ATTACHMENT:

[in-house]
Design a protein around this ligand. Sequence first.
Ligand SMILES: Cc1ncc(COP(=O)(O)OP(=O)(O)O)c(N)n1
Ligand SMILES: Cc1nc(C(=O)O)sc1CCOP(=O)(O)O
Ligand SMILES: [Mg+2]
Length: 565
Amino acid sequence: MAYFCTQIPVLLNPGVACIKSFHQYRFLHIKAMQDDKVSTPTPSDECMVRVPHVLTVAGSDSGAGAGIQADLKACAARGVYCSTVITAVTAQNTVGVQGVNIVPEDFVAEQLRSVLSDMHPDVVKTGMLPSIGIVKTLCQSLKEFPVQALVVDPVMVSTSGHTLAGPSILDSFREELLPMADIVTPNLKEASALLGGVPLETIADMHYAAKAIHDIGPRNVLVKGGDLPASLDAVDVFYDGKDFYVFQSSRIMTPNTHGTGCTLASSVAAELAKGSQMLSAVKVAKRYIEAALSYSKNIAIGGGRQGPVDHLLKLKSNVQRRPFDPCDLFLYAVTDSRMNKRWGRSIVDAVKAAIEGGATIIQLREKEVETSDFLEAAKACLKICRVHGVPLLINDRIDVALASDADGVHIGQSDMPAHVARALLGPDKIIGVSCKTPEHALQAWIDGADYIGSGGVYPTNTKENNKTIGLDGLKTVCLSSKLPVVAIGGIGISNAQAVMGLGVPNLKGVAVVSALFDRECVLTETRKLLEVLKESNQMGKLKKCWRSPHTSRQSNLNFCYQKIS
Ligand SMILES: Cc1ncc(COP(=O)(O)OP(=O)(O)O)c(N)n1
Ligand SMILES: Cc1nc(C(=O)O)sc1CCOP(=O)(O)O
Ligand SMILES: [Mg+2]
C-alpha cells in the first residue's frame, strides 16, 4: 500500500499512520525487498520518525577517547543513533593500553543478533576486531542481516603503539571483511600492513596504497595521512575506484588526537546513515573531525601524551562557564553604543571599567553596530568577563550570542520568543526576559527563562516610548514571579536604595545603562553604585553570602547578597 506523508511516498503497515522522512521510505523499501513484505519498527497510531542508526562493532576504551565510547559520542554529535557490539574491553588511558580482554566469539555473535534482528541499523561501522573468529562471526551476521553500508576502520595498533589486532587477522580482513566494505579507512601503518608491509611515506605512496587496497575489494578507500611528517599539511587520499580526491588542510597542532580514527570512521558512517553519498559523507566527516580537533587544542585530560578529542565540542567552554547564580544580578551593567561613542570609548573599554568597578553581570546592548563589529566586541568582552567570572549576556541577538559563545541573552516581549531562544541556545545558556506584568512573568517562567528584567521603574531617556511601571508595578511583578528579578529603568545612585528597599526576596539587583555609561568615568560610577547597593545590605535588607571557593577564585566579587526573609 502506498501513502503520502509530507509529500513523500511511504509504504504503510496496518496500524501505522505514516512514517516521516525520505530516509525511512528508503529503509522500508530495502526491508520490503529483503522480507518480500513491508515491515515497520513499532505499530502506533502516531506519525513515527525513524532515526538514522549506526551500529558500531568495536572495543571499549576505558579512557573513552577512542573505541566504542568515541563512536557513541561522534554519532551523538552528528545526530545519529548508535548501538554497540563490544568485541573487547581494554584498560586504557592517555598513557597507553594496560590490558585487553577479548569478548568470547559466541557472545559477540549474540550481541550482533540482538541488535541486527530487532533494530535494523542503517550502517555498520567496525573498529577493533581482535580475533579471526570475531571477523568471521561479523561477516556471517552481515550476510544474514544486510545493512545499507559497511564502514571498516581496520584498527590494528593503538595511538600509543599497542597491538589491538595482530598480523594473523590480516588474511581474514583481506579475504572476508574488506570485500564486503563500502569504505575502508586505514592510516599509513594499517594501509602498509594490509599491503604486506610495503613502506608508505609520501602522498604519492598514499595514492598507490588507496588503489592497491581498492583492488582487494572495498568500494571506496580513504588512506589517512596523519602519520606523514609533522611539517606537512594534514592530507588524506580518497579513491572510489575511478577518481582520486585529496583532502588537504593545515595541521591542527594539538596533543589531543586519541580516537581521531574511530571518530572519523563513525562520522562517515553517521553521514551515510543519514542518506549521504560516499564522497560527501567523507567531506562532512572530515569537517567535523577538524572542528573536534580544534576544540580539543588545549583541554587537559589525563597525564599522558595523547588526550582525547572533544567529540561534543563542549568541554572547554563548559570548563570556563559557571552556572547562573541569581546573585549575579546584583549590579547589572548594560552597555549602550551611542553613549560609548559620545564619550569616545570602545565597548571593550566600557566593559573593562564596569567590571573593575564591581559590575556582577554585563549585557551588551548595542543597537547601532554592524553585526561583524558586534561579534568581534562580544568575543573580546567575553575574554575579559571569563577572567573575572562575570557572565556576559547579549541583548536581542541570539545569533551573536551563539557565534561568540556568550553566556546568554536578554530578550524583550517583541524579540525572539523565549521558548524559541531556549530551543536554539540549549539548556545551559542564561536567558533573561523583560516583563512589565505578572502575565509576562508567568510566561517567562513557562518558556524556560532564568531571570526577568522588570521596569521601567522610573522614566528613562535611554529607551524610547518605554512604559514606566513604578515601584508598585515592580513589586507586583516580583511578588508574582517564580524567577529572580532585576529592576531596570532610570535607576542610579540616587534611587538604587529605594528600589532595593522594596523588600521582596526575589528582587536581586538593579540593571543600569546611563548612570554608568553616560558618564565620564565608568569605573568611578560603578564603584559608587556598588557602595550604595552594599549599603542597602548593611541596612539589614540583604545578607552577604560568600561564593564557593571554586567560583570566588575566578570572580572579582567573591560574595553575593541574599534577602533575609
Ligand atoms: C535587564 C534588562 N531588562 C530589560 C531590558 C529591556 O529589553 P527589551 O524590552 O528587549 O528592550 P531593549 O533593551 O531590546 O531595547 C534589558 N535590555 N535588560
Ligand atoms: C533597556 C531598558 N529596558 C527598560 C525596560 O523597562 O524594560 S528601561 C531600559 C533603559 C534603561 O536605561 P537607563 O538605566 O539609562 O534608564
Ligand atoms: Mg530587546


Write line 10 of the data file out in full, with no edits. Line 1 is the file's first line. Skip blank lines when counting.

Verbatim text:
Ligand SMILES: [Mg+2]